Raising the Tone: Lessons from the Past

By now you’ve probably heard of the ongoing saga at Valeant (VRX). The beleaguered pharmaceutical company has seen its stock plummet, questions about its accounting practices, harsh criticisms about its business practices, and turmoil among management and the board.

A recent WSJ article by Michael Rapoport provided a good overview of the accounting challenges that Valeant is facing, and Francine McKenna at MarketWatch provided an in-depth analysis of the probability of a qualified opinion.

In this blog, we want to focus on a particular aspect of Valeant’s troubles. In its earnings statement released last week on March 21, the company slashed revenue guidance, announced the resignation of CEO J. Michael Pearson, and changed the composition of its Board of Directors. Valeant’s controller was also placed on the administrative leave. At the same time, however, the company stated that “in addition to certain Philidor-related accounting matters, the Ad Hoc Committee determined that certain other accounting issues required review.”

Valeant concluded that “one or more material weaknesses exist in the company’s internal control over financial reporting” and that “the tone at the top of the organization and the performance-based environment at the company, where challenging targets were set and achieving those targets was a key performance expectation, may have been contributing factors resulting in the company’s improper revenue recognition”. “Tone at the top” is very strong language that implies, among other things, improper management conduct.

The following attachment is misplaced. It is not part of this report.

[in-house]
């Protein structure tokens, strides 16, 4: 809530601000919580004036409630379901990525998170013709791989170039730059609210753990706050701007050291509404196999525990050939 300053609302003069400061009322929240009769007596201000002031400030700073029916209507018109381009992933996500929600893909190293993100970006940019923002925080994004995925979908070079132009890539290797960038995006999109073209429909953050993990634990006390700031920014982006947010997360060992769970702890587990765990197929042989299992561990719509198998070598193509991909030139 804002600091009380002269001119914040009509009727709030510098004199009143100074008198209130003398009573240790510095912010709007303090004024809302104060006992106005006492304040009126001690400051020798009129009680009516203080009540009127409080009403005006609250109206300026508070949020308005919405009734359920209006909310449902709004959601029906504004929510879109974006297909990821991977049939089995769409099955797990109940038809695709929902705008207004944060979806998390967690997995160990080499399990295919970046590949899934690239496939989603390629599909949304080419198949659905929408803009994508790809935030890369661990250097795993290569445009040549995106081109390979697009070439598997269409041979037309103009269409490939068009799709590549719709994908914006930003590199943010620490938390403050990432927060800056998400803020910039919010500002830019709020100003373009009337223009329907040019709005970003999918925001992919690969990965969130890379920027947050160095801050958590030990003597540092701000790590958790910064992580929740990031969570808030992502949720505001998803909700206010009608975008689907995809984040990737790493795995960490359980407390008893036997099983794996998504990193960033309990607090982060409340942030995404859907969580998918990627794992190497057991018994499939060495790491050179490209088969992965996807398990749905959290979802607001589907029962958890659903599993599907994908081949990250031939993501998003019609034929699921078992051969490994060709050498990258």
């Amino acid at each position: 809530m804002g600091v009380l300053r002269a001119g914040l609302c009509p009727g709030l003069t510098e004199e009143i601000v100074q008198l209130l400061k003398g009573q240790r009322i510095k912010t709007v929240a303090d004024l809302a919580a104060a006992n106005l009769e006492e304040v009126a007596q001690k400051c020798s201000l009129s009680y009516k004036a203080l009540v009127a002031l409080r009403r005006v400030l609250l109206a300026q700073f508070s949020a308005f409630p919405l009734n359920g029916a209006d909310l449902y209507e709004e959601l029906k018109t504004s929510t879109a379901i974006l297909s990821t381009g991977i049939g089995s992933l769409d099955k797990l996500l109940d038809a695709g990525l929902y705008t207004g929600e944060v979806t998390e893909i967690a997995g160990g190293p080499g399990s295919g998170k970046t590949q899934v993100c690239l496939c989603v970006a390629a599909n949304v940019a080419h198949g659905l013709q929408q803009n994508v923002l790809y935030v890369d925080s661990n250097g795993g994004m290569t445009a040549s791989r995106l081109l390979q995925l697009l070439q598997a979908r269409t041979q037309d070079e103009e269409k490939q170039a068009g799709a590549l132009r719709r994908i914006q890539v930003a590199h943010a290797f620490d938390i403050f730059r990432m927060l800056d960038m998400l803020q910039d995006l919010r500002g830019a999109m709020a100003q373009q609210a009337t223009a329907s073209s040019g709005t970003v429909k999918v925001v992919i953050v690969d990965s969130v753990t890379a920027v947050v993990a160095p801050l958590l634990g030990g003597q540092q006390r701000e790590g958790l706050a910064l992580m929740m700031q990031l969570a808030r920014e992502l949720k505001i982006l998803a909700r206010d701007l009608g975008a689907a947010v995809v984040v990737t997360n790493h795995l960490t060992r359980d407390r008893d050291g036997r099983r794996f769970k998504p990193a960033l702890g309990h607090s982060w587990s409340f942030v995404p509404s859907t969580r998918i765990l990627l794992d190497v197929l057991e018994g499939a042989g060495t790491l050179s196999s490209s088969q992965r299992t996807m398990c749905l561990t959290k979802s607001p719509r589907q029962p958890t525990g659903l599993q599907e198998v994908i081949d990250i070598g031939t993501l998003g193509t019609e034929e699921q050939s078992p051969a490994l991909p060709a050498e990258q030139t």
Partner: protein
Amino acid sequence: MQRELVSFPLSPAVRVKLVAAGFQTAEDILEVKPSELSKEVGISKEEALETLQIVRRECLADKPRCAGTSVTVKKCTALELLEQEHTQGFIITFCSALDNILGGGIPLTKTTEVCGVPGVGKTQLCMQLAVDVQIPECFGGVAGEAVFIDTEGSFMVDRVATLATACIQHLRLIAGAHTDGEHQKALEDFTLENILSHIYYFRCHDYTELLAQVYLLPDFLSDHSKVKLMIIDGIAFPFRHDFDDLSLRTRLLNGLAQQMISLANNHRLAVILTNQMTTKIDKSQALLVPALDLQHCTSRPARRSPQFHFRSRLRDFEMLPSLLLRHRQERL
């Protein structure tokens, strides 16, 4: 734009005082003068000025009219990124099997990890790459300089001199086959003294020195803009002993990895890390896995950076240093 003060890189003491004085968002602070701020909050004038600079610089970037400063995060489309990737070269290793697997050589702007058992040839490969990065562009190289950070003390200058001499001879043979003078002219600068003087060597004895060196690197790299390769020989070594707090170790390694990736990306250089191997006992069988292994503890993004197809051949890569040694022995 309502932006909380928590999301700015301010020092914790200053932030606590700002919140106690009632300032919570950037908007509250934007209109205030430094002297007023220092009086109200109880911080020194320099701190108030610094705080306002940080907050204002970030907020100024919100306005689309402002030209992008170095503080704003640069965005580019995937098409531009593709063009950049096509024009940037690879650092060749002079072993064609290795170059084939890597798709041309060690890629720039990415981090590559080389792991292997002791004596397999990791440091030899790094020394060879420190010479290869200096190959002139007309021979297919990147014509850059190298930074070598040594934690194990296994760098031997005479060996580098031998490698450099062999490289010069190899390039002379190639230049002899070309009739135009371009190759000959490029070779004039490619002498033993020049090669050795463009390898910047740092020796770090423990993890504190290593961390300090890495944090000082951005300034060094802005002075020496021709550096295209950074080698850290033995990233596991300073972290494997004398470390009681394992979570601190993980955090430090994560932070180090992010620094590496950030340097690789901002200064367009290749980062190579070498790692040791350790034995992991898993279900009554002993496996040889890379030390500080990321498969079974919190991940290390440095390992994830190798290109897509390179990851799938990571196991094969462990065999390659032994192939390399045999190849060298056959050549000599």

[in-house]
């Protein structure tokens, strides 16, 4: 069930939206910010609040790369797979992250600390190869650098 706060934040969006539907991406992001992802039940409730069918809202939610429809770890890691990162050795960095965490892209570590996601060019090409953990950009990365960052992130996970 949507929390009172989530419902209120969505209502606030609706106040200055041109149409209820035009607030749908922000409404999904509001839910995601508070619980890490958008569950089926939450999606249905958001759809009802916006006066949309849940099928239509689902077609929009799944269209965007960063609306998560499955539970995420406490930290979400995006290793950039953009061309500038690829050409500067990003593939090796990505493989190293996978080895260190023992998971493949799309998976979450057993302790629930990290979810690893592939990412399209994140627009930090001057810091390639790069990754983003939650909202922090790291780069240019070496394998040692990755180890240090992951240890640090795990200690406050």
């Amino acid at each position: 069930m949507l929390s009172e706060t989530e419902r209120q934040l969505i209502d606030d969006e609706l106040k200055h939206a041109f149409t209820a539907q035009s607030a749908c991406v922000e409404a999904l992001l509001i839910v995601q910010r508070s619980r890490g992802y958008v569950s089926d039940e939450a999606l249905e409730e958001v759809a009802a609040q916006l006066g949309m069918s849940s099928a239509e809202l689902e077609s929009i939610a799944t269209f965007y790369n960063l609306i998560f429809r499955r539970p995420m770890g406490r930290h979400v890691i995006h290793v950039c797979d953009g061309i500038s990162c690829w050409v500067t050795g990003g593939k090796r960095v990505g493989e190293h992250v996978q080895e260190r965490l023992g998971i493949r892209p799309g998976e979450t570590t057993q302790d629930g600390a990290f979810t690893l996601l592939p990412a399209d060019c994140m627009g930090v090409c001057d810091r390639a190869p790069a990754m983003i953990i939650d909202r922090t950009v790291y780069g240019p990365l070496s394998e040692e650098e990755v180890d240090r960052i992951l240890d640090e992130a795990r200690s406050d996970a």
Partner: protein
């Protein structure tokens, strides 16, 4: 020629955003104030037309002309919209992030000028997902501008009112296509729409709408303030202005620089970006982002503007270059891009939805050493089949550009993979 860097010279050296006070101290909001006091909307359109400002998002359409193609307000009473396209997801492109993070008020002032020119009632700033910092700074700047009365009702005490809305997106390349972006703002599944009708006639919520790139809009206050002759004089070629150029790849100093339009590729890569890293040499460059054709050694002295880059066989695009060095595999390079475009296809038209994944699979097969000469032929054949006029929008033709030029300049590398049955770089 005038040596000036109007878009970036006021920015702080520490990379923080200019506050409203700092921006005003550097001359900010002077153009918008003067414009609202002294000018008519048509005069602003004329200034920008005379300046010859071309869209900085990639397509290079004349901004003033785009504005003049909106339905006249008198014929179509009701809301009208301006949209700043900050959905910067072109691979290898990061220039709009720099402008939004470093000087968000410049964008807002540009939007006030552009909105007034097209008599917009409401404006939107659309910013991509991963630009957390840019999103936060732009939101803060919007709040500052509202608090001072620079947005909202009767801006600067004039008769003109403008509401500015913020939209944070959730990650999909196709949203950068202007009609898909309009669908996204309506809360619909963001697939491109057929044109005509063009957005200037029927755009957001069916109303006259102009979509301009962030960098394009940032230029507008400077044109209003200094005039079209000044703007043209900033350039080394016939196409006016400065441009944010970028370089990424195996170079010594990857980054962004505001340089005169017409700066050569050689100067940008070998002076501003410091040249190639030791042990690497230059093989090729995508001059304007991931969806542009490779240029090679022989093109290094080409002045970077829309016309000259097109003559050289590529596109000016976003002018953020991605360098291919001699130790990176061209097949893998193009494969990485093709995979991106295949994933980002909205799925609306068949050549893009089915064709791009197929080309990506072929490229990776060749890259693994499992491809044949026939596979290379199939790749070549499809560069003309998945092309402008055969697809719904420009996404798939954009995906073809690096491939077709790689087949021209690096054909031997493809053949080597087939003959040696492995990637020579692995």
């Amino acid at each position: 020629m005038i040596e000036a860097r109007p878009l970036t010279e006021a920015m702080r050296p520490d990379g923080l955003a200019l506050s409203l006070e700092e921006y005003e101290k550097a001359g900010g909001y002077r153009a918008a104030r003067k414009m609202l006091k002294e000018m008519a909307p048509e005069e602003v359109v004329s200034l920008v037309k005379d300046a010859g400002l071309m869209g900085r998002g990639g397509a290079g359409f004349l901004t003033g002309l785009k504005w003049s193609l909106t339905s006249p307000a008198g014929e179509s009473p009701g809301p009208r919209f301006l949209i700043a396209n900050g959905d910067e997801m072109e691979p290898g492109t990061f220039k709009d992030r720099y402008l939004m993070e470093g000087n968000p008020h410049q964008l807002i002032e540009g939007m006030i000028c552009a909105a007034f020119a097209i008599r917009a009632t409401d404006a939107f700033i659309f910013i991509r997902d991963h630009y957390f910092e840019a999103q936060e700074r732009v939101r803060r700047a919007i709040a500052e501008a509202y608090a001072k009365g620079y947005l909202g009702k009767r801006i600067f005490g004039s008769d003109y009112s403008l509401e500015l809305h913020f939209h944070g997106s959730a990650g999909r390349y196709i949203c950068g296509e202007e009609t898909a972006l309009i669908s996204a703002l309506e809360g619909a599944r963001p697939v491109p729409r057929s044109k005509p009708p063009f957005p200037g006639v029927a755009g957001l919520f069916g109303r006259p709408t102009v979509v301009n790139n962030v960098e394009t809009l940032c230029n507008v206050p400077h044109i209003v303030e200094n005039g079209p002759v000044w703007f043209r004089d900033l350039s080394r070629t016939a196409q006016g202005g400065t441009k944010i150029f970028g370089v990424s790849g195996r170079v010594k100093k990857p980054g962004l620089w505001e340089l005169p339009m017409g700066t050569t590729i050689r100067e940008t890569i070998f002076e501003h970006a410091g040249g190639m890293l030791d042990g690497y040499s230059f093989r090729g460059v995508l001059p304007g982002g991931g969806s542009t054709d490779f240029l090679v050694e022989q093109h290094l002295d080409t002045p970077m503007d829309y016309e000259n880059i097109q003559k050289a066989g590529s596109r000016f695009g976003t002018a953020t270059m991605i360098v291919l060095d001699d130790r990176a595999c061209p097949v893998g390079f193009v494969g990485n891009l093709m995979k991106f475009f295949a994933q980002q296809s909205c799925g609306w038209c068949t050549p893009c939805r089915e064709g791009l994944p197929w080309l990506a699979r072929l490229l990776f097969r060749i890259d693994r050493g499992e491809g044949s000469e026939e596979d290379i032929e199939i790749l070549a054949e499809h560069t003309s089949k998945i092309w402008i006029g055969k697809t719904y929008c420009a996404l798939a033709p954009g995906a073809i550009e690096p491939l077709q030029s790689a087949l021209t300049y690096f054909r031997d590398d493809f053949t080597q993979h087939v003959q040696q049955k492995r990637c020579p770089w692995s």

Using our Internal Controls database, we identified only five other NYSE or NASDAQ companies that had ‘tone at the top’ language in their ICFR opinions between 2010 and 2015. (Note: several other companies had “tone at the top” language used by their auditor in the firms’ resignation letters.)

History may not always repeat itself, but we may still be able to learn from the past. Does “tone at the top” always trigger a material restatement? And if so, what is the likelihood that the investigation uncovers additional issues and problems? How long does it typically take to file restated financial statements?

Two of the five companies we found, namely Brixmor Properties (BRX) and Petrobras (PBR), did not identify any material GAAP violations. For Brixmor, however, the “tone at the top” material weakness was related to intentional manipulation of non-GAAP metrics. The issue also led to the resignation of the CEO and the CFO of Brixmor.

The Audit Committee of the Board of Directors conducted a review that led the Board of Directors to conclude that specific Company personnel, in certain instances, were directly involved and/or supervised persons directly involved in smoothing income items, both up and down, between reporting periods in an effort to achieve consistent quarterly same property net operating income growth, an industry non-GAAP financial measure. Based on these findings, we concluded that there was a deficiency in the control environment specifically because the foregoing actions failed to demonstrate commitment to integrity and ethical values and senior management did not set an appropriate tone at the top. Although the actual amount of financial statement misstatement resulting from these actions was not significant, because of the override of controls that occurred at senior levels of management, we have concluded that the potential for material misstatement of the financial statements was more than remote. Accordingly, we have determined that this control deficiency constitutes a material weakness.

According to MarketWatch, the manipulation could have influenced executive compensation, since a similar metric was used as a performance target. Top management has resigned as a result of the discovery of the manipulation.